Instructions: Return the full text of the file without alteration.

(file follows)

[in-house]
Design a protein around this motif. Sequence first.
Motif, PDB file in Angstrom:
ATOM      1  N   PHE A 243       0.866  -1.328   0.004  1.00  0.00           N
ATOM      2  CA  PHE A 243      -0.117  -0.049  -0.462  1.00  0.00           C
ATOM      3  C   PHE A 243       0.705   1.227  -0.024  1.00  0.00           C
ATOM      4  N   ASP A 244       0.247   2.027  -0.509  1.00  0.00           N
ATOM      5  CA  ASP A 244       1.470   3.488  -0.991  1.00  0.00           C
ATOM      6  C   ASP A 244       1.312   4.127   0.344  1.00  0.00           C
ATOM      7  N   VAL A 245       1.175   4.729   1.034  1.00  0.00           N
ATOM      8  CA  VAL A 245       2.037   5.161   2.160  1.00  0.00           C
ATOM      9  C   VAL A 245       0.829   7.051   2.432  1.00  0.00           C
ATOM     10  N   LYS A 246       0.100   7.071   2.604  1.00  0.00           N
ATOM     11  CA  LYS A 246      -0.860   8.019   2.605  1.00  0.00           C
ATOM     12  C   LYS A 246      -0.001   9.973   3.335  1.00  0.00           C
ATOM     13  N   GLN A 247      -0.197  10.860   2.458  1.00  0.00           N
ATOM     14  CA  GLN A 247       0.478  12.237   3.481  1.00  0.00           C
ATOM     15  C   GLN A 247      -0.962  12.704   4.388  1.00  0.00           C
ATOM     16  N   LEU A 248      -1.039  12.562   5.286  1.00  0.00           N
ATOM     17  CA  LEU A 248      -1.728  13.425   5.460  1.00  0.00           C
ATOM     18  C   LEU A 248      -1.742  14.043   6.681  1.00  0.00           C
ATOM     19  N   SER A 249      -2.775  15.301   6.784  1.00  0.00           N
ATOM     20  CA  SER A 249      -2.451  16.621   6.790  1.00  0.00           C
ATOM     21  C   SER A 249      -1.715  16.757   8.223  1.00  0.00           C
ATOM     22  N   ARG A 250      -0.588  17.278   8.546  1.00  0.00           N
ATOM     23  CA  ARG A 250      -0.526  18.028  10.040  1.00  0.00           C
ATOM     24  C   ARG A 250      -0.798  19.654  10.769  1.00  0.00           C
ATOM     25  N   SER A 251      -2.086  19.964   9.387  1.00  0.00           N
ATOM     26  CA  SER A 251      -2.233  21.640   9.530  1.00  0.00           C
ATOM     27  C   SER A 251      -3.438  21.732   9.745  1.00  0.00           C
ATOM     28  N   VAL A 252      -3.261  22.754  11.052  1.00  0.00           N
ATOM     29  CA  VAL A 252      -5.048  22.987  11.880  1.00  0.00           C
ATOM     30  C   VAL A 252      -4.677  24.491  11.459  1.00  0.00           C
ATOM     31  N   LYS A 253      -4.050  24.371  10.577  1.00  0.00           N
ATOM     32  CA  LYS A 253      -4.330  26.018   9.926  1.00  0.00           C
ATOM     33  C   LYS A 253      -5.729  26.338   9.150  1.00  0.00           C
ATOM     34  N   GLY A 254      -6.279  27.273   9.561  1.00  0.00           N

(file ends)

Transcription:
[in-house]
Design a protein around this motif. Sequence first.
Motif, PDB file in Angstrom:
ATOM      1  N   PHE A 243       0.866  -1.328   0.004  1.00  0.00           N
ATOM      2  CA  PHE A 243      -0.117  -0.049  -0.462  1.00  0.00           C
ATOM      3  C   PHE A 243       0.705   1.227  -0.024  1.00  0.00           C
ATOM      4  N   ASP A 244       0.247   2.027  -0.509  1.00  0.00           N
ATOM      5  CA  ASP A 244       1.470   3.488  -0.991  1.00  0.00           C
ATOM      6  C   ASP A 244       1.312   4.127   0.344  1.00  0.00           C
ATOM      7  N   VAL A 245       1.175   4.729   1.034  1.00  0.00           N
ATOM      8  CA  VAL A 245       2.037   5.161   2.160  1.00  0.00           C
ATOM      9  C   VAL A 245       0.829   7.051   2.432  1.00  0.00           C
ATOM     10  N   LYS A 246       0.100   7.071   2.604  1.00  0.00           N
ATOM     11  CA  LYS A 246      -0.860   8.019   2.605  1.00  0.00           C
ATOM     12  C   LYS A 246      -0.001   9.973   3.335  1.00  0.00           C
ATOM     13  N   GLN A 247      -0.197  10.860   2.458  1.00  0.00           N
ATOM     14  CA  GLN A 247       0.478  12.237   3.481  1.00  0.00           C
ATOM     15  C   GLN A 247      -0.962  12.704   4.388  1.00  0.00           C
ATOM     16  N   LEU A 248      -1.039  12.562   5.286  1.00  0.00           N
ATOM     17  CA  LEU A 248      -1.728  13.425   5.460  1.00  0.00           C
ATOM     18  C   LEU A 248      -1.742  14.043   6.681  1.00  0.00           C
ATOM     19  N   SER A 249      -2.775  15.301   6.784  1.00  0.00           N
ATOM     20  CA  SER A 249      -2.451  16.621   6.790  1.00  0.00           C
ATOM     21  C   SER A 249      -1.715  16.757   8.223  1.00  0.00           C
ATOM     22  N   ARG A 250      -0.588  17.278   8.546  1.00  0.00           N
ATOM     23  CA  ARG A 250      -0.526  18.028  10.040  1.00  0.00           C
ATOM     24  C   ARG A 250      -0.798  19.654  10.769  1.00  0.00           C
ATOM     25  N   SER A 251      -2.086  19.964   9.387  1.00  0.00           N
ATOM     26  CA  SER A 251      -2.233  21.640   9.530  1.00  0.00           C
ATOM     27  C   SER A 251      -3.438  21.732   9.745  1.00  0.00           C
ATOM     28  N   VAL A 252      -3.261  22.754  11.052  1.00  0.00           N
ATOM     29  CA  VAL A 252      -5.048  22.987  11.880  1.00  0.00           C
ATOM     30  C   VAL A 252      -4.677  24.491  11.459  1.00  0.00           C
ATOM     31  N   LYS A 253      -4.050  24.371  10.577  1.00  0.00           N
ATOM     32  CA  LYS A 253      -4.330  26.018   9.926  1.00  0.00           C
ATOM     33  C   LYS A 253      -5.729  26.338   9.150  1.00  0.00           C
ATOM     34  N   GLY A 254      -6.279  27.273   9.561  1.00  0.00           N